Okay, so, maybe I’m talking about death a little bit too much on this blog. I’ve talked about it here, here, here, here, here, here, here, and here (and even a little bit here). Death is a common obsession for the anxiety ridden and I certainly count myself as such but the obvious reason I write about it is the death of my parents. Losing both my parents in a span of six months has been the most profound event of my life thus far. It was also one of my first essays on this blog.
I had never lost anyone close to me before they died, so, when it happened, I went through some stages of shock and sadness, then malaise, then a sense of absurdity and futility. Time passed, though. Life went on and regular concerns crept back into my life until I started feeling pretty normal again. The one difference, though, is that I’ve been left with a lingering, residual awareness of death. It’s harder for me to stick my head in the sand about it, as I think we all must do to drag ourselves out of bed every morning. Remember that Ali G bit where he said that studies show that ninety-eight percent of us is(sic) gonna die? It’s one of my favorite lines of his but it also implicitly hammers home the fact that, oh yeah, one hundred percent of us die.
So, I’m going to die. I don’t know how and I don’t know when but, frankly, I’m getting curious. Will it be painful? Will it be quick or protracted? It kind of makes you long for the phrases “natural causes” and “in his sleep.”
A couple of years ago I was talking to a friend about her baby daughter who wasn’t sleeping, was throwing temper tantrums, and was generally going through a rough patch. I said, “yeah, man, it’s a lot of work just to have someone come visit you in the nursing home.”
It was kind of a dark joke (my friend laughed, thankfully) but it did get me thinking. Who will visit me in the nursing home? Wait. Back up. Who will put me in a nursing home? Jesus, I don’t want to live in a nursing home. But, if I don’t, then I’m an old man in a New York apartment (or wherever the hell I end up). What if I fall? Should I, like, get a visiting nurse service? How will I afford that?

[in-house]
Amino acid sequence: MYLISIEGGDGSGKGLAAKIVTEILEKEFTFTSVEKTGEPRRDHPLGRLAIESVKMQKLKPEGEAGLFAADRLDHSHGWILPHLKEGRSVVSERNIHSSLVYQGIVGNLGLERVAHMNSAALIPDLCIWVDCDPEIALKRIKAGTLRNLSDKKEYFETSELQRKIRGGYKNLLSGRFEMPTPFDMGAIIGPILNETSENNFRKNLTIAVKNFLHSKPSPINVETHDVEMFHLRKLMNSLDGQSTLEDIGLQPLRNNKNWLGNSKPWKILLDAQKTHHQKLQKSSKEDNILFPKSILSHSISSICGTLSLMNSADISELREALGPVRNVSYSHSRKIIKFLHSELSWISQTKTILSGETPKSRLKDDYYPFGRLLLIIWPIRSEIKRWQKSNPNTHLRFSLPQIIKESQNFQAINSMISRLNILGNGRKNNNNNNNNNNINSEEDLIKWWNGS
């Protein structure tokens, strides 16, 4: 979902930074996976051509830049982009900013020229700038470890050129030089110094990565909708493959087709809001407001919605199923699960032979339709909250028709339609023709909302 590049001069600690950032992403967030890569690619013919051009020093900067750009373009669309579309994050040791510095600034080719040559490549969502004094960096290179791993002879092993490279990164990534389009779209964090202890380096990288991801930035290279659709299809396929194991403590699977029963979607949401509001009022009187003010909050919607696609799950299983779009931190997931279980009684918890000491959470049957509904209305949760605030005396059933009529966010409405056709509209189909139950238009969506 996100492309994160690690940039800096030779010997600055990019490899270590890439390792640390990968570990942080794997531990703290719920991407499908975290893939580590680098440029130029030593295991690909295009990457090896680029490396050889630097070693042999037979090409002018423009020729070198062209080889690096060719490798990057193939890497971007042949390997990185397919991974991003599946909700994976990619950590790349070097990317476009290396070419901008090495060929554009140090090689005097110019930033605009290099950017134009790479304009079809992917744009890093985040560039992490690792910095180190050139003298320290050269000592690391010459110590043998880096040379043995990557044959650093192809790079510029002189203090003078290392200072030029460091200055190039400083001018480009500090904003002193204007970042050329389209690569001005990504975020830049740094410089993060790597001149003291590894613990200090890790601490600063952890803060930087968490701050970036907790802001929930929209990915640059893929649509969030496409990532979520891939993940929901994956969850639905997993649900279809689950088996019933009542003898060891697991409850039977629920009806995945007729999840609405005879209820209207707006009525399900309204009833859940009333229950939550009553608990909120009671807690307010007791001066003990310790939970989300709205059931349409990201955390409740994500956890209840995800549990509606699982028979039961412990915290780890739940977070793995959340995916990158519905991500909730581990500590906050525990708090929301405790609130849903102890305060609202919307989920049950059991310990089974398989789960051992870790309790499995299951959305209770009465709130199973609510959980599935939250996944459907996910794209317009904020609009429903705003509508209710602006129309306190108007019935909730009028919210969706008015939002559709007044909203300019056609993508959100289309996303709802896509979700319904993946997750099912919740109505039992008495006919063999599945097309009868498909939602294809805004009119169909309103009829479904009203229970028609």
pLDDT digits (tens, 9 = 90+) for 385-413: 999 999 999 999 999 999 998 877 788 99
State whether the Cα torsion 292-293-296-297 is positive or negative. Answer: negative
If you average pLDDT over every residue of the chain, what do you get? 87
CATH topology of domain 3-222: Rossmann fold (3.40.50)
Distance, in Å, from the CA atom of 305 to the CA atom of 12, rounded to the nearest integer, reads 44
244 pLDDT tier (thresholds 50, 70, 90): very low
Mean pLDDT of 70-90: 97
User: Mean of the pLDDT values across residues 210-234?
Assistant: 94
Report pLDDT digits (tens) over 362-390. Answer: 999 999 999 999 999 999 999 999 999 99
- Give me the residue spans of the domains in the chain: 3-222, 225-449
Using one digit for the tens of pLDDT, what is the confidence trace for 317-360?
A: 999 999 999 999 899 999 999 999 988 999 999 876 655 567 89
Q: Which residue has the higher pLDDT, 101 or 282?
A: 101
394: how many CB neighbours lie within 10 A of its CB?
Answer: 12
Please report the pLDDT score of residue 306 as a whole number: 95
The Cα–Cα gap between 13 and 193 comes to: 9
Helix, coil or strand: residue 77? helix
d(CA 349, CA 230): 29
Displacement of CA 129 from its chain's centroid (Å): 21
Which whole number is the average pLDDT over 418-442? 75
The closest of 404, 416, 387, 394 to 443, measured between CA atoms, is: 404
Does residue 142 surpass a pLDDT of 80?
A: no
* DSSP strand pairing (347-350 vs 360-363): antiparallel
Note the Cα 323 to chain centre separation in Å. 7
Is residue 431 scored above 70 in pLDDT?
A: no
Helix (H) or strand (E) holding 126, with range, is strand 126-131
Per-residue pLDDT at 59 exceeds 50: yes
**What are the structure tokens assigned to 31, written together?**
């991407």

All of this is assuming that I even make it to old age. There are no guarantees. Let’s set aside the big ones – cancer, heart attack, stroke, overdose (hey, I could start up a cocaine habit on my fortieth birthday, you never know) – I could get hit by a bus, fall down an elevator shaft, get shot, have an air conditioner fall on my head, get attacked by a bear. But, if I’m lucky enough to eschew all that and make it to old age, what other problems will I pick up along the way? Arthritis? Diabetes? Slipped discs? Knee problems? Cataracts? Loss of hearing?
Okay, let’s focus for a second.
I’m thirty-nine. My parents lived to sixty-eight and seventy-two. They died somewhat early but, let’s be honest, I’m around the half way point. A quick google search says that the average American life expectancy is about seventy-nine. If I’m average, that gives me forty more years. Not bad. But maybe I want to go a little longer. Maybe, like five years? Ten? Eighty-nine, then. Eh, let’s call it ninety. That works. I’ll die at ninety. Fifty-one more years.
But, also, I’ve got to be honest, I kind of want to die. I’m not suicidal, relax. I just mean that this journey needs an end, eventually. (Alright, anyone who knows me and knows my tendency to get the sniffles and then worry that it is, in fact, a symptom of pancreatic cancer knows that this is bullshit but let me follow the train of thought.) Have you ever seen those news stories about people who live well past one hundred? Usually their hearing and sight are gone and they’re sitting in a motorized wheelchair. How does that feel? Do they feel fully alive?
Ironically, this knowledge is kind of soothing. I read somewhere, in a self help book of some kind, that you should think about your funeral and what you want people to say about you when you die. All of my petty concerns – and, believe me there are many – shrink in relation to the specter of death. Sometimes I think to myself, “I should have studied harder in school and became a lawyer or a doctor.” But when I think of my funeral, I really don’t care about that. What would bother me at my funeral? Never having gone to Paris. Never having written a book or a play. Never having tried to truly pursue, without fear, the things that I love. Letting friendships slip away. Not being a good person.
Kind of small stuff in the grand scheme but, hell, it’s my life and I can live it how I want. I mean, what does it matter? Eventually, I’m going to die.
So, let’s say I get to ninety. Spot me those fifty-one more years. What now? This brings us back to the existential question, what is the best way to live a life? What makes a life worth living? In a cruel paradox, the more time I take to figure it out the less time I’ll have to actually live. So, maybe don’t worry? Just take each day as it comes? Try to be present and grateful and all that?
Dammit. Yeah, that’s what I thought.
Well, like most things, these sentiments can be expressed best through a William Shatner song.
And, I tweeted this once but I still like it, I’d like my headstone to read, “See? All that worrying for nothing.”
I’m kidding. Cremate me.